In response to San Francisco 49ers quarterback Colin Kaepernick’s decision to not stand for the national anthem before a football game, UT System Chancellor William McRaven sent out a memo Aug. 29 to presidents and athletic directors within the UT System urging athletes to “stand up straight when the National Anthem” is played.
Kaepernick told NFL Media his protest was bigger than football and he couldn’t show pride for a country that oppresses black people and people of color.
“This is not something that I am going to run by anybody,” Kaepernick said to NFL Media. “I am not looking for approval. I have to stand up for people that are oppressed. …If they take football away, my endorsements from me, I know that I stood up for what is right.”
McRaven sent out a similar memo in January where he asked for coaches and players to “face the flag and place their hand over their heart as a sign of respect to the nation” but felt the need to remind them after the national controversy surrounding Kaepernick. McRaven did not mention Kaepernick in the memo.
“Those that believe the flag represents oppression should remember all the Americans who fought to eliminate bigotry, racism, sexism, imperialism, communism and terrorism,” McRaven said in the memo. “It is a flag for everyone, of every color, of every race, of every creed, and of every orientation.”
McRaven is a former admiral and retired from the military in 2014 to become chancellor of the UT System. He states in the memo no one is compelled to stand, but by “sitting in protest to the flag, they are disrespecting everyone who sacrificed to make the country what it is today — as imperfect as it might be.”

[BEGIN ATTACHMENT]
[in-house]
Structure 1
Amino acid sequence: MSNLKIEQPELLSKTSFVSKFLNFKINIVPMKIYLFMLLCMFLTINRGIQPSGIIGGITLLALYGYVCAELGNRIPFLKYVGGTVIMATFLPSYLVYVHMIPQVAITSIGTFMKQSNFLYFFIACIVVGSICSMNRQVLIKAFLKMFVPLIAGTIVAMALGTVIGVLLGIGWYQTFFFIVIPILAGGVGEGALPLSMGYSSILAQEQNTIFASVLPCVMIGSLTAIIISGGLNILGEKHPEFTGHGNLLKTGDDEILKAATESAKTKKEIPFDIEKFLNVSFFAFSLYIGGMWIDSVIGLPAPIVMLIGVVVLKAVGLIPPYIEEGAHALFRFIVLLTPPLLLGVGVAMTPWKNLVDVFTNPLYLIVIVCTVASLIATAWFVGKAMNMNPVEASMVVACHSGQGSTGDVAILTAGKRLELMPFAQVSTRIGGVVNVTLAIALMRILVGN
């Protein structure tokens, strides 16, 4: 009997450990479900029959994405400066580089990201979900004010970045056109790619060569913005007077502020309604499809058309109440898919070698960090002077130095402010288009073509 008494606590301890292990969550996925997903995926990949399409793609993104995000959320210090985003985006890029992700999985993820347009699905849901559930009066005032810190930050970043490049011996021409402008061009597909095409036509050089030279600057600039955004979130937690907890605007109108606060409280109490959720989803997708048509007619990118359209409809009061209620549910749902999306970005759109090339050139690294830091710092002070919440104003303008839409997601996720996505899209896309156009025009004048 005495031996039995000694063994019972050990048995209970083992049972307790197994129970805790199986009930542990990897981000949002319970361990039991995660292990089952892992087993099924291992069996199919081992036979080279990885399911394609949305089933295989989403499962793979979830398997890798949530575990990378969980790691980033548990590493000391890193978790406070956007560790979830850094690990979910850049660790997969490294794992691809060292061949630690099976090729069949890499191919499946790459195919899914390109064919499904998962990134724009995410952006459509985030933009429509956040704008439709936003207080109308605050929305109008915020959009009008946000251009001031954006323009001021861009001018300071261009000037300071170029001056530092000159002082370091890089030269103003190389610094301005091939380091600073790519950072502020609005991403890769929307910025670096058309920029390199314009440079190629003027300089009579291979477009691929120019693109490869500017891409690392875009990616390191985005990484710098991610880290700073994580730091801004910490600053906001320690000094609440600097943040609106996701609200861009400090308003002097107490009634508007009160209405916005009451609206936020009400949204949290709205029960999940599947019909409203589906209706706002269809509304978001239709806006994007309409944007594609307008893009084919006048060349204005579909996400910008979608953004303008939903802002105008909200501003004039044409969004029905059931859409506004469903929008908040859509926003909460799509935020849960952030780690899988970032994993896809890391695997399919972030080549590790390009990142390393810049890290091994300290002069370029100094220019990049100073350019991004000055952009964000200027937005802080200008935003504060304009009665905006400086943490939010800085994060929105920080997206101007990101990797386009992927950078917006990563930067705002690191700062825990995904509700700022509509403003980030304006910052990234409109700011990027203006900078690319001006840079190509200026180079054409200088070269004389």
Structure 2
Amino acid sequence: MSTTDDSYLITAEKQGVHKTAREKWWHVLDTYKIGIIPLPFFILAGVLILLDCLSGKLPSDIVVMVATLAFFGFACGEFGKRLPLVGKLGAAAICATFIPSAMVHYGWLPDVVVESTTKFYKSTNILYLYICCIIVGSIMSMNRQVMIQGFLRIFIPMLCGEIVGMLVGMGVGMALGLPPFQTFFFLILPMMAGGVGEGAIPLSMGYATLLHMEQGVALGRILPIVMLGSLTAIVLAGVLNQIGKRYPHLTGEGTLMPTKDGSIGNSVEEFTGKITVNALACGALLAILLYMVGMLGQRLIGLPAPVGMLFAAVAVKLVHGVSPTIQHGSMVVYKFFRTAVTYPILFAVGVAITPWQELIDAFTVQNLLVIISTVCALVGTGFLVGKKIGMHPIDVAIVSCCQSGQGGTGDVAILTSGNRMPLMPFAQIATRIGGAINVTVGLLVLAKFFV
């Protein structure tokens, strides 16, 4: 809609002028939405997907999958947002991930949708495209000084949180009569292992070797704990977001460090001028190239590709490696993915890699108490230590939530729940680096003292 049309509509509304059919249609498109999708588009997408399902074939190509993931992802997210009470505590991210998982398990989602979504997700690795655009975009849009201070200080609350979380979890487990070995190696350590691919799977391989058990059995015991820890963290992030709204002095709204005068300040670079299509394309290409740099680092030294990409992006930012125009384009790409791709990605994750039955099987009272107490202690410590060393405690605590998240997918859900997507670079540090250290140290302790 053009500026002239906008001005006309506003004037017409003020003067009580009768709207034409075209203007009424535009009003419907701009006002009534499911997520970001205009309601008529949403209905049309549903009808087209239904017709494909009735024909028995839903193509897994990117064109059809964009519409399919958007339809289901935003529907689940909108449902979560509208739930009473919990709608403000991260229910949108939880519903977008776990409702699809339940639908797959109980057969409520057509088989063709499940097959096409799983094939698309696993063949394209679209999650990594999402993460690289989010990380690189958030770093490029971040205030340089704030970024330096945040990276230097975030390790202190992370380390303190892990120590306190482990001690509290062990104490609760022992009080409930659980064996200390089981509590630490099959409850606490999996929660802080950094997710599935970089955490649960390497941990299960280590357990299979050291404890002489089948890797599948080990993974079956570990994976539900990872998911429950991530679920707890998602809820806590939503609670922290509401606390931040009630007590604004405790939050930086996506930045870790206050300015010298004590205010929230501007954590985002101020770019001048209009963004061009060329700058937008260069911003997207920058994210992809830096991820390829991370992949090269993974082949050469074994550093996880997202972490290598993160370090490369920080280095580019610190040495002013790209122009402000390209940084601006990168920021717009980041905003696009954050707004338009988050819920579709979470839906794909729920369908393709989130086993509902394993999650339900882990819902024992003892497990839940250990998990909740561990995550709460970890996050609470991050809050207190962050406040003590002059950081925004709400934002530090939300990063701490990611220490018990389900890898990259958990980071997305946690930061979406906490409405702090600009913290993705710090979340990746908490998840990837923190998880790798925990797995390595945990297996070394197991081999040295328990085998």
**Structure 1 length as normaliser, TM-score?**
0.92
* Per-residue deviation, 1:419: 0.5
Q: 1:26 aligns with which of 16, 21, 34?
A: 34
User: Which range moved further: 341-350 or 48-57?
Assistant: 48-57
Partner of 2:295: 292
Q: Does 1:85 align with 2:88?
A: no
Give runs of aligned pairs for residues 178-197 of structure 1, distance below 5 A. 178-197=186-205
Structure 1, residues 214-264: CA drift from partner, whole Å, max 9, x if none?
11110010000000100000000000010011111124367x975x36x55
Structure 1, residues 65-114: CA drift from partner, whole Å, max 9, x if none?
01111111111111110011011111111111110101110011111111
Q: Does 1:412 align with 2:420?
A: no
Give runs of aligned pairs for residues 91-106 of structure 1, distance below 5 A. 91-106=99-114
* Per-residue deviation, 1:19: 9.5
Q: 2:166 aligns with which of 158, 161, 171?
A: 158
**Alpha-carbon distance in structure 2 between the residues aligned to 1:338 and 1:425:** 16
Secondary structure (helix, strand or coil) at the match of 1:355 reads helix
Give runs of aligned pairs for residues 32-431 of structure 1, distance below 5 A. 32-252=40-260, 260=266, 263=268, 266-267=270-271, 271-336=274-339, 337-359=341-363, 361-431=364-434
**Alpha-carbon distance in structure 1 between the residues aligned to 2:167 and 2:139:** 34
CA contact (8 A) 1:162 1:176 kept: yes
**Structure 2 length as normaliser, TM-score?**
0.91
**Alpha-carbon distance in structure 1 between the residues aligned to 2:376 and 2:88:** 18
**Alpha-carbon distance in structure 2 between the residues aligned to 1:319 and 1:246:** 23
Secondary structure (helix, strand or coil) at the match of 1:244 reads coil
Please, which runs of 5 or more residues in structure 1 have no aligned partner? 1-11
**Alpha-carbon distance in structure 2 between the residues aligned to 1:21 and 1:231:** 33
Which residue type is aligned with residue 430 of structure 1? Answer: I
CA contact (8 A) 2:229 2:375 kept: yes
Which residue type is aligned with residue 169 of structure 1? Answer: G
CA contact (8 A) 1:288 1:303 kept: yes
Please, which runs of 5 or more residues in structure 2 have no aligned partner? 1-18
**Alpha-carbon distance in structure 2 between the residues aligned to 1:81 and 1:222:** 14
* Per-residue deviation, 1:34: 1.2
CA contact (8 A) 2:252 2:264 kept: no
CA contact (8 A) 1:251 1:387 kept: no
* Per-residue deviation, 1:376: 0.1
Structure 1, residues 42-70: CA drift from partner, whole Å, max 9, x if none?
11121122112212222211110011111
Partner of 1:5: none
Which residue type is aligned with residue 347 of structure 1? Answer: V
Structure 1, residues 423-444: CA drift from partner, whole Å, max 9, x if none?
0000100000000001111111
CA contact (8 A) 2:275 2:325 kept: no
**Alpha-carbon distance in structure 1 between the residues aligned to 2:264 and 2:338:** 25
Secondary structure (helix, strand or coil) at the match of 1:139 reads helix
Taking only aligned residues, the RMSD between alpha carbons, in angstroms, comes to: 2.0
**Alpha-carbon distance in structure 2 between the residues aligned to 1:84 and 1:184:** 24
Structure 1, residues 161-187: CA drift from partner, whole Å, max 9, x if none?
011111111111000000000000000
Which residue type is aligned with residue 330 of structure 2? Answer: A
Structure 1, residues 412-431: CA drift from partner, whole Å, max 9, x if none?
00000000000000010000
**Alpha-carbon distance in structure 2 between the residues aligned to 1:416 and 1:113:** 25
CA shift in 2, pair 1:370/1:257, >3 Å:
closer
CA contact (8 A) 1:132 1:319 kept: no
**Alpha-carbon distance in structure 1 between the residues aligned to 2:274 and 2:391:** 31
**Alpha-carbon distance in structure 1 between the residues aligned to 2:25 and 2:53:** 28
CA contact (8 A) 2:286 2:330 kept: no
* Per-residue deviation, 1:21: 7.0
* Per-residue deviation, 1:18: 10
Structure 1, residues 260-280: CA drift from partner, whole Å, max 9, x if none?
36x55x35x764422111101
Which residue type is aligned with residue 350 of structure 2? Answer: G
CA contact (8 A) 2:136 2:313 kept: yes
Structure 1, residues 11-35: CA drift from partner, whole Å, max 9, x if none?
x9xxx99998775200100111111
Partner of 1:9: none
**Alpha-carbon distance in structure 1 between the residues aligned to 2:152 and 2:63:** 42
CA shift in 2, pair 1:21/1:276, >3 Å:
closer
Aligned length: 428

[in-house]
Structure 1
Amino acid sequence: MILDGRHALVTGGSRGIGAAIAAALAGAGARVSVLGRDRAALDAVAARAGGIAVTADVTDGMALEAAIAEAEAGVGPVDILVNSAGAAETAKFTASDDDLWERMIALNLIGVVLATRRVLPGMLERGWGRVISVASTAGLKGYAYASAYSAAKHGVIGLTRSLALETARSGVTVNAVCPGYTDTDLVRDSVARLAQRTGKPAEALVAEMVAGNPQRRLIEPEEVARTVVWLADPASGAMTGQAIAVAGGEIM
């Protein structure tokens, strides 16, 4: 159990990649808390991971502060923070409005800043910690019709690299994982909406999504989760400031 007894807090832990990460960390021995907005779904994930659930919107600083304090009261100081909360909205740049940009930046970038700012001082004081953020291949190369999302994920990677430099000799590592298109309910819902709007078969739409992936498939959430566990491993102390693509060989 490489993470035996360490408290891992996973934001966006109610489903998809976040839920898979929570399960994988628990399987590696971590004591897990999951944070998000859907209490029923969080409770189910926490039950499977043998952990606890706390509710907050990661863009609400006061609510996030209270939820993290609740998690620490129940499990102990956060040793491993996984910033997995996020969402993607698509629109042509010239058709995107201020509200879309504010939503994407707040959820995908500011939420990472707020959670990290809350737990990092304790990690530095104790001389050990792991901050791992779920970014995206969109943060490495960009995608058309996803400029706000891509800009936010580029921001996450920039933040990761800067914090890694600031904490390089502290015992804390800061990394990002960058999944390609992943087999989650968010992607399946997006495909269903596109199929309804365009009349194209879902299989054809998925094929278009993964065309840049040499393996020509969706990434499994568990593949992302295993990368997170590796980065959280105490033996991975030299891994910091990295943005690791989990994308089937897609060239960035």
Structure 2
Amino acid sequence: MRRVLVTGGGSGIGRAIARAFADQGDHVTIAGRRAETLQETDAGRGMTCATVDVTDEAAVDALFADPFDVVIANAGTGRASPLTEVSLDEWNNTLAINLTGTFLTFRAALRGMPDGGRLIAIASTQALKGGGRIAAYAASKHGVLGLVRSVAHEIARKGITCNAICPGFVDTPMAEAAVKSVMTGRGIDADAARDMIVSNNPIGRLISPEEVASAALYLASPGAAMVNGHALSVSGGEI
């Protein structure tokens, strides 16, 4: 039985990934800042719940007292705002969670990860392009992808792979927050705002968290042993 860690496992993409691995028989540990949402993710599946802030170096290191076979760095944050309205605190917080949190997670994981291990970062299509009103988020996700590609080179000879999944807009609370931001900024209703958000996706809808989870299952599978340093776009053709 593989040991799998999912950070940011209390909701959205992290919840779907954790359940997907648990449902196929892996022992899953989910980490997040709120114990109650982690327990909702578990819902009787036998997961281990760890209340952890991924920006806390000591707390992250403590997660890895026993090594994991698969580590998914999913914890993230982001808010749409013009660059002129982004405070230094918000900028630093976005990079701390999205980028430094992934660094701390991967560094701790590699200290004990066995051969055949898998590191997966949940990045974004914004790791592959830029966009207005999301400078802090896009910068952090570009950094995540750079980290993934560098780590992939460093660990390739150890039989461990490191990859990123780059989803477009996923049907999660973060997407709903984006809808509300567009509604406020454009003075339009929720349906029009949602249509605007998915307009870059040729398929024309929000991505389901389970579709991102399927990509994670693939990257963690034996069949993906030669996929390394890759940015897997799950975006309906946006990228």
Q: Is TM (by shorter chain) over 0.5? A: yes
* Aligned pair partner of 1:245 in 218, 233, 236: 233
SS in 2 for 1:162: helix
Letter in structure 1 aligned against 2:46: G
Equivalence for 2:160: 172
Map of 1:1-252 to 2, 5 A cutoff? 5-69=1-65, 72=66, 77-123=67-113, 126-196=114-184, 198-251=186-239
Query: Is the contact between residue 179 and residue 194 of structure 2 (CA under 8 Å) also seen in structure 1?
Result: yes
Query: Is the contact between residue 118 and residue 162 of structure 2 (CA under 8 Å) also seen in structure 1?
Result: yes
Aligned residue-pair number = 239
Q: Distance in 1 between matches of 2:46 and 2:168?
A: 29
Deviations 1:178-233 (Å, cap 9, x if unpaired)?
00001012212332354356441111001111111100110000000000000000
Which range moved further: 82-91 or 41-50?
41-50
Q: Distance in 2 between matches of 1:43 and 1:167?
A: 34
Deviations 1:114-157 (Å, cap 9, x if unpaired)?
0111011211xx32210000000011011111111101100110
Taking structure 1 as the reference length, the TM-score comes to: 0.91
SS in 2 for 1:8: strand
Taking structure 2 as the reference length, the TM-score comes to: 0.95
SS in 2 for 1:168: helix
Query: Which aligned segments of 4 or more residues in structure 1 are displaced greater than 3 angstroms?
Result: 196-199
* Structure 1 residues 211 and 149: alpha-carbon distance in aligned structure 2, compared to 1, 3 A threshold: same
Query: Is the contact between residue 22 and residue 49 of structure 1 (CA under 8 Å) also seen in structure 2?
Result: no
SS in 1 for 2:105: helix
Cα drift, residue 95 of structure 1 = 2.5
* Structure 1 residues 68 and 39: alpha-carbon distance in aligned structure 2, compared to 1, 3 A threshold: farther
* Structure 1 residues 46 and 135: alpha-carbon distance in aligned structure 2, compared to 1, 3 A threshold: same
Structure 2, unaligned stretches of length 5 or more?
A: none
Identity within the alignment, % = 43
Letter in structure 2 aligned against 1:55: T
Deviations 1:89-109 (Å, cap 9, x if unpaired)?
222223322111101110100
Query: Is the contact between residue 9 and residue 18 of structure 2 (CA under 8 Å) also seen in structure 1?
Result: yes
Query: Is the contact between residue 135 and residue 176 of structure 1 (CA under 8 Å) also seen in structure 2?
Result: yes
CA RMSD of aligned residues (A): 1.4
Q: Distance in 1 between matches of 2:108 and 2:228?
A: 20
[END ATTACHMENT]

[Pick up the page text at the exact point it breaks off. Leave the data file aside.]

“The young student athletes are future leaders of the nation,” McRaven said in the memo. “By showing respect for the flag, they are making it possible for America to be everything we dreamed it could be.”
Joshua Ellis, government and African and African diaspora studies sophomore, said it was brave of Kaepernick to protest on one of the most -watched sports in the U.S. He also said McRaven can’t be a proponent of freedom of speech and then speak out against someone exercising that right.
“It’s honestly the most respectful thing anyone can do, to exercise the rights we fought for,” Ellis said. “It’s our right to critique America and enact change. Don’t let anybody take away your voice. Don’t think you have to speak on the issue, don’t feel compelled to speak on someone else’s behalf, but if you have an issue, realize the platform you have is extremely powerful.”
Ellis said his father served 20 years in the army and doesn’t think Kaepernick’s actions were disrespectful.
Kevin Durant, NBA player and UT alumnus, spoke on campus Friday about his life after graduating, and he spoke out in support of Kaepernick’s actions.
“I’m behind anyone who stands up for what they believe in,” Durant said.
A letter from veterans supporting Kaepernick’s decision to protest was posted on Medium last week with contributions from 35 veterans.
“Far from disrespecting our troops, there is no finer form of appreciation for our sacrifice than for Americans to enthusiastically exercise their freedom of speech,” Veterans for Kaepernick wrote. “As veterans, we implore all Americans to find your way to challenge this status quo and advocate for ‘a more perfect union.’”